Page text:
This is a common situation. As a group, you have to work together, but you know there are issues that could derail the process.  What can you do?

You need a neutral navigator

A trusted, neutral person – an internal or external facilitator – can address the underlying tension. They help the parties recognize that the tension isn’t necessarily a bad thing, but has to be attended to or it will affect the entire organization.

Several key steps make this trust possible.

Create trust

  • The facilitator must be viewed as neutral. Whether internal or external, the facilitator has to be seen as not favoring one party or the other.
  • The facilitator must have a personal, confidential conversation with each party to the decisionmaking process. Whether in-person or by phone, by interviewing each party no one person feels like they have been singled out. Through these confidential conversations the facilitator begins to lay the foundation of trust, and hears how the parties talk about the simmering issues.
  • In the meeting, the facilitator identifies the task at hand and gets agreement that this is its purpose. This establishes that there is a higher goal they are all aspiring to.
  • The facilitator builds on the individual trust relationship by creating a safe space within the group. This means starting with noncontroversial topics and using techniques so each participant has an opportunity to talk about something personally meaningful. Often, the facilitator can bring the group to agreement about the ultimate value of the organization purpose; this lays the groundwork for a discussion of how the tension is harming their work towards this goal.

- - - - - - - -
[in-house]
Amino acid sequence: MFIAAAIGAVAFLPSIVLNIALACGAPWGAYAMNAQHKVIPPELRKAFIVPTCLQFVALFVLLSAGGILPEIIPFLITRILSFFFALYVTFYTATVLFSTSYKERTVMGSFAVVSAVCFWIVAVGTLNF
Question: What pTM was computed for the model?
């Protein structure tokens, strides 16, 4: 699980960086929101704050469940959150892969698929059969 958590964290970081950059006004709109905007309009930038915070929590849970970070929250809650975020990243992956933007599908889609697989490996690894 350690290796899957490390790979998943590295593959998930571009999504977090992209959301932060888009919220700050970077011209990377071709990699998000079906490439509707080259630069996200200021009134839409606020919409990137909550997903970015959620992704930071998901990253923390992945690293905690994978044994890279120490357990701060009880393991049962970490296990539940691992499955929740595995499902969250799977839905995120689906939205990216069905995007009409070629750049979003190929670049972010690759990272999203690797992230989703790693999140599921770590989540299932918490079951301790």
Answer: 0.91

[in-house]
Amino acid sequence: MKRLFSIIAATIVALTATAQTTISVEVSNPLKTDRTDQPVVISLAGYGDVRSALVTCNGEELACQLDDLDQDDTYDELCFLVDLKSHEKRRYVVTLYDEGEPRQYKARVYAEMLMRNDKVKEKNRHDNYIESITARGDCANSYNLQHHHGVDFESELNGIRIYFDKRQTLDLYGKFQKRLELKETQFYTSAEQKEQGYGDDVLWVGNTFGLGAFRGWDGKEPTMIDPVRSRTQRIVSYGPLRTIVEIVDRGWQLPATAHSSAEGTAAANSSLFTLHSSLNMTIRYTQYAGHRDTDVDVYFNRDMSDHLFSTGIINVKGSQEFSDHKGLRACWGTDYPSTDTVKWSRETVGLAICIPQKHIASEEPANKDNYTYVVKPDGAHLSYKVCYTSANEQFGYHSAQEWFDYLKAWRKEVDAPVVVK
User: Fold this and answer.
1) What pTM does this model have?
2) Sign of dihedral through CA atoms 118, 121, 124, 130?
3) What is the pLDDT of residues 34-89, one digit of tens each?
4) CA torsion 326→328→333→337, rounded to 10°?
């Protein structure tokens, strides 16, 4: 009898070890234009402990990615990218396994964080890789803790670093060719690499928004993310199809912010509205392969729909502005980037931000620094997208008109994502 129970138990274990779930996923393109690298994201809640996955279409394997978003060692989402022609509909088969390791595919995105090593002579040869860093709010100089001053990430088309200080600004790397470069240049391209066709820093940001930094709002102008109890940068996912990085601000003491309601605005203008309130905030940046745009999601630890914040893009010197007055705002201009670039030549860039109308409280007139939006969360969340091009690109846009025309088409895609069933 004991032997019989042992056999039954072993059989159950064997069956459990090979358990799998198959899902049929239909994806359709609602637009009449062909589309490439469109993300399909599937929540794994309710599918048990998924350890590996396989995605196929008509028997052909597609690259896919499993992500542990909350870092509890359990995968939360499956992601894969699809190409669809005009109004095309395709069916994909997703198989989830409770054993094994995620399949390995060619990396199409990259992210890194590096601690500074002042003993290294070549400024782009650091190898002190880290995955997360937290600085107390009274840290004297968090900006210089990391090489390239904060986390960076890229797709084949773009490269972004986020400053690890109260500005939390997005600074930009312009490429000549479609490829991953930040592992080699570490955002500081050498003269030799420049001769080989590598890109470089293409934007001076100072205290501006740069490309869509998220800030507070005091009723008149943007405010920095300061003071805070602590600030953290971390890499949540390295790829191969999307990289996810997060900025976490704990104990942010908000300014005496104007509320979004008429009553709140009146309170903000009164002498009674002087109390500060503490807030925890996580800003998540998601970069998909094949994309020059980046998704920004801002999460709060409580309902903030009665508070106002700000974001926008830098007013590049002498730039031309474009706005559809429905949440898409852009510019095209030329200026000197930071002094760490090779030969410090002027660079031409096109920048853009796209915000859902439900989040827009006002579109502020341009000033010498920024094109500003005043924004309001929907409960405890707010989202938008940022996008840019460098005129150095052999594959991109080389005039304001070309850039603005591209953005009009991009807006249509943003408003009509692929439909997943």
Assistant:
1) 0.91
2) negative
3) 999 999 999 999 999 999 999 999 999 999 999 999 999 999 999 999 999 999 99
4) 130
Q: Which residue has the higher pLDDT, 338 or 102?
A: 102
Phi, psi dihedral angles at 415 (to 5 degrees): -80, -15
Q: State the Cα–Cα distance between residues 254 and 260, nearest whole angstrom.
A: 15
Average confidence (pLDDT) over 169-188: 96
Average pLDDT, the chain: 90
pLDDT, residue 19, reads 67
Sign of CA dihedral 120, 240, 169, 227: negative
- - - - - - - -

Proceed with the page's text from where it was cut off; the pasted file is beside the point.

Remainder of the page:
Address the tension

  • The facilitator brings up the simmering disagreement themself. This is very important. After reiterating and getting acknowledgement that this is a safe space, the facilitator states they’d like to bring up something they heard from several people in the confidential conversations. Then, without naming names, they relate what they heard and the effect it has on the entire organization.
  • The facilitator states that tension, in and of itself, is not a bad thing. Tension can make for a more robust examination of issues. It is how it is dealt with that’s important. Reiterating the tension, the facilitator asks for situations in which this tension has affected the organization’s operations, and how it is currently dealt with.
  • The facilitator’s questions avoid laying blame AND avoid placing responsibility for the solution. Once the group acknowledges the tension, the next question is “what can be put in place that will make it easier to deal with the tension?” This phrasing reinforces the neutrality and extends the trust relationship. No one person is singled out. It conditions participants to think of solutions without implicating a particular person. It is not, “what can Joe do….,” but indicates that they can all implement a system that relieves the situation.
  • The facilitator continues this discussion, documents the solutions, and uses techniques for coming to consensus on the process they will follow in the future when the tension arises. At the conclusion, the process is documented and distributed.

Relax and work toward a solution